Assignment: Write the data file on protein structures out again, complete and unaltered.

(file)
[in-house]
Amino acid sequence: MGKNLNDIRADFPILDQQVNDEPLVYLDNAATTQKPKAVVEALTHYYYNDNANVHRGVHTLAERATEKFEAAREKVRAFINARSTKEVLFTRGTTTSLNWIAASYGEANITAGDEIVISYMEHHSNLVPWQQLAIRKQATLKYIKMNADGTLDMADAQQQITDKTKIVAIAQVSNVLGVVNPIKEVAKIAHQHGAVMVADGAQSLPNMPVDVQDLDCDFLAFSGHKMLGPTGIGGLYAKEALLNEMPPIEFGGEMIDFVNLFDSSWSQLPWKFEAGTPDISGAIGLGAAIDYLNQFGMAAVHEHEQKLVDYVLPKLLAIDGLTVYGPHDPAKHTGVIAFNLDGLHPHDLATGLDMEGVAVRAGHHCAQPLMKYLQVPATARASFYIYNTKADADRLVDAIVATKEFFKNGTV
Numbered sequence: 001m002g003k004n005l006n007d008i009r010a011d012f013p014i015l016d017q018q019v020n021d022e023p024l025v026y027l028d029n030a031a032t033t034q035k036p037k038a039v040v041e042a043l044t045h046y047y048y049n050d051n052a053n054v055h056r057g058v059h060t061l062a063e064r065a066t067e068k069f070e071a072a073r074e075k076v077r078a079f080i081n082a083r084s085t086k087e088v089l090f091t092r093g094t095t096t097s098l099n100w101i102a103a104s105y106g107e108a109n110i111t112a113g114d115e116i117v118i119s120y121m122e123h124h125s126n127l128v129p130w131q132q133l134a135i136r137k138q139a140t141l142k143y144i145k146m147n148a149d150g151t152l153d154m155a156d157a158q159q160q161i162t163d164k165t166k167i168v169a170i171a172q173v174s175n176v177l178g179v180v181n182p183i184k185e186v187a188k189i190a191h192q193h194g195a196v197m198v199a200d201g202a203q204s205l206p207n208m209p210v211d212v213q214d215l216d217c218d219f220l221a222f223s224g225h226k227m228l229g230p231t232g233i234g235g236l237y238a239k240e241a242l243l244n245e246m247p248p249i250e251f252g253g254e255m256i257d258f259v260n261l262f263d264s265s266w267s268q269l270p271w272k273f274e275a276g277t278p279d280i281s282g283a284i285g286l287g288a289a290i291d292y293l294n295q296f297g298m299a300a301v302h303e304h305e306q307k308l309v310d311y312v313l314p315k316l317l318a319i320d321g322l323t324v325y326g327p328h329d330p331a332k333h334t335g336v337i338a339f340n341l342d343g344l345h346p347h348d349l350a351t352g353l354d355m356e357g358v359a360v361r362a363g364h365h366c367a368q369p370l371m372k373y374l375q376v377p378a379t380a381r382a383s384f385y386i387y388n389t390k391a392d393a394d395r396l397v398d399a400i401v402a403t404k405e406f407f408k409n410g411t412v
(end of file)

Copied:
[in-house]
Amino acid sequence: MGKNLNDIRADFPILDQQVNDEPLVYLDNAATTQKPKAVVEALTHYYYNDNANVHRGVHTLAERATEKFEAAREKVRAFINARSTKEVLFTRGTTTSLNWIAASYGEANITAGDEIVISYMEHHSNLVPWQQLAIRKQATLKYIKMNADGTLDMADAQQQITDKTKIVAIAQVSNVLGVVNPIKEVAKIAHQHGAVMVADGAQSLPNMPVDVQDLDCDFLAFSGHKMLGPTGIGGLYAKEALLNEMPPIEFGGEMIDFVNLFDSSWSQLPWKFEAGTPDISGAIGLGAAIDYLNQFGMAAVHEHEQKLVDYVLPKLLAIDGLTVYGPHDPAKHTGVIAFNLDGLHPHDLATGLDMEGVAVRAGHHCAQPLMKYLQVPATARASFYIYNTKADADRLVDAIVATKEFFKNGTV
Numbered sequence: 001m002g003k004n005l006n007d008i009r010a011d012f013p014i015l016d017q018q019v020n021d022e023p024l025v026y027l028d029n030a031a032t033t034q035k036p037k038a039v040v041e042a043l044t045h046y047y048y049n050d051n052a053n054v055h056r057g058v059h060t061l062a063e064r065a066t067e068k069f070e071a072a073r074e075k076v077r078a079f080i081n082a083r084s085t086k087e088v089l090f091t092r093g094t095t096t097s098l099n100w101i102a103a104s105y106g107e108a109n110i111t112a113g114d115e116i117v118i119s120y121m122e123h124h125s126n127l128v129p130w131q132q133l134a135i136r137k138q139a140t141l142k143y144i145k146m147n148a149d150g151t152l153d154m155a156d157a158q159q160q161i162t163d164k165t166k167i168v169a170i171a172q173v174s175n176v177l178g179v180v181n182p183i184k185e186v187a188k189i190a191h192q193h194g195a196v197m198v199a200d201g202a203q204s205l206p207n208m209p210v211d212v213q214d215l216d217c218d219f220l221a222f223s224g225h226k227m228l229g230p231t232g233i234g235g236l237y238a239k240e241a242l243l244n245e246m247p248p249i250e251f252g253g254e255m256i257d258f259v260n261l262f263d264s265s266w267s268q269l270p271w272k273f274e275a276g277t278p279d280i281s282g283a284i285g286l287g288a289a290i291d292y293l294n295q296f297g298m299a300a301v302h303e304h305e306q307k308l309v310d311y312v313l314p315k316l317l318a319i320d321g322l323t324v325y326g327p328h329d330p331a332k333h334t335g336v337i338a339f340n341l342d343g344l345h346p347h348d349l350a351t352g353l354d355m356e357g358v359a360v361r362a363g364h365h366c367a368q369p370l371m372k373y374l375q376v377p378a379t380a381r382a383s384f385y386i387y388n389t390k391a392d393a394d395r396l397v398d399a400i401v402a403t404k405e406f407f408k409n410g411t412v